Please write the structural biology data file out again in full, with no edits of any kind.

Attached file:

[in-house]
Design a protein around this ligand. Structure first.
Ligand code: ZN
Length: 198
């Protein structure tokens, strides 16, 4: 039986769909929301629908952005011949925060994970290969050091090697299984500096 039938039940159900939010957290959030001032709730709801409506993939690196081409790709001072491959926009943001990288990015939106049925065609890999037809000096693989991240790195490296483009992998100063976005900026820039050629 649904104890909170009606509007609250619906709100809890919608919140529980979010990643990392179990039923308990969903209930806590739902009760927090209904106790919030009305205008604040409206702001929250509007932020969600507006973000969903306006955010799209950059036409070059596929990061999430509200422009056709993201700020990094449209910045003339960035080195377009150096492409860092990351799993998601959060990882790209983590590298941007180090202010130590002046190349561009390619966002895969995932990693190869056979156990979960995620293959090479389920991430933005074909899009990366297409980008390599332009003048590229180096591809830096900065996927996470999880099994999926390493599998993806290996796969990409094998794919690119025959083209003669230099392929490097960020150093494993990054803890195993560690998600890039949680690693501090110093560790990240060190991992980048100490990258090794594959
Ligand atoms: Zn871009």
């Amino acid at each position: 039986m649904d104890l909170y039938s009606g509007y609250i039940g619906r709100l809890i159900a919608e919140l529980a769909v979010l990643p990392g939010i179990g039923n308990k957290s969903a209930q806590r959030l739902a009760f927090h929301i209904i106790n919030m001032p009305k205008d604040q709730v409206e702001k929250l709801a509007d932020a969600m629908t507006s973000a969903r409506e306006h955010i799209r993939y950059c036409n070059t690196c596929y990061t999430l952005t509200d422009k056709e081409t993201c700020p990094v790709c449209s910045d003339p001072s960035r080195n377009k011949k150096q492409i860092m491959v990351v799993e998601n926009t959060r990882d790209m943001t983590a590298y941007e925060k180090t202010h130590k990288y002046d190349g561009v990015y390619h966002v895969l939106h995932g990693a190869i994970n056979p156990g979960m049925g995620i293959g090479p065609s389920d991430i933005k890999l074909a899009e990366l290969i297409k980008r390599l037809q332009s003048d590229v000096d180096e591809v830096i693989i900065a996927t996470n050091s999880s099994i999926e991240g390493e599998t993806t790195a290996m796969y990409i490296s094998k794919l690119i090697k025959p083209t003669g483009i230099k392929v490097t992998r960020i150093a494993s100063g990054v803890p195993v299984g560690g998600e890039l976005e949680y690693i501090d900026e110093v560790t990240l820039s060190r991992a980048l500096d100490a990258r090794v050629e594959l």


[in-house]
Design a protein around this ligand. Structure first.
Ligand code: ZN
Length: 198
């Protein structure tokens, strides 16, 4: 039986769909929301629908952005011949925060994970290969050091090697299984500096 039938039940159900939010957290959030001032709730709801409506993939690196081409790709001072491959926009943001990288990015939106049925065609890999037809000096693989991240790195490296483009992998100063976005900026820039050629 649904104890909170009606509007609250619906709100809890919608919140529980979010990643990392179990039923308990969903209930806590739902009760927090209904106790919030009305205008604040409206702001929250509007932020969600507006973000969903306006955010799209950059036409070059596929990061999430509200422009056709993201700020990094449209910045003339960035080195377009150096492409860092990351799993998601959060990882790209983590590298941007180090202010130590002046190349561009390619966002895969995932990693190869056979156990979960995620293959090479389920991430933005074909899009990366297409980008390599332009003048590229180096591809830096900065996927996470999880099994999926390493599998993806290996796969990409094998794919690119025959083209003669230099392929490097960020150093494993990054803890195993560690998600890039949680690693501090110093560790990240060190991992980048100490990258090794594959
Ligand atoms: Zn871009």
């Amino acid at each position: 039986m649904d104890l909170y039938s009606g509007y609250i039940g619906r709100l809890i159900a919608e919140l529980a769909v979010l990643p990392g939010i179990g039923n308990k957290s969903a209930q806590r959030l739902a009760f927090h929301i209904i106790n919030m001032p009305k205008d604040q709730v409206e702001k929250l709801a509007d932020a969600m629908t507006s973000a969903r409506e306006h955010i799209r993939y950059c036409n070059t690196c596929y990061t999430l952005t509200d422009k056709e081409t993201c700020p990094v790709c449209s910045d003339p001072s960035r080195n377009k011949k150096q492409i860092m491959v990351v799993e998601n926009t959060r990882d790209m943001t983590a590298y941007e925060k180090t202010h130590k990288y002046d190349g561009v990015y390619h966002v895969l939106h995932g990693a190869i994970n056979p156990g979960m049925g995620i293959g090479p065609s389920d991430i933005k890999l074909a899009e990366l290969i297409k980008r390599l037809q332009s003048d590229v000096d180096e591809v830096i693989i900065a996927t996470n050091s999880s099994i999926e991240g390493e599998t993806t790195a290996m796969y990409i490296s094998k794919l690119i090697k025959p083209t003669g483009i230099k392929v490097t992998r960020i150093a494993s100063g990054v803890p195993v299984g560690g998600e890039l976005e949680y690693i501090d900026e110093v560790t990240l820039s060190r991992a980048l500096d100490a990258r090794v050629e594959l």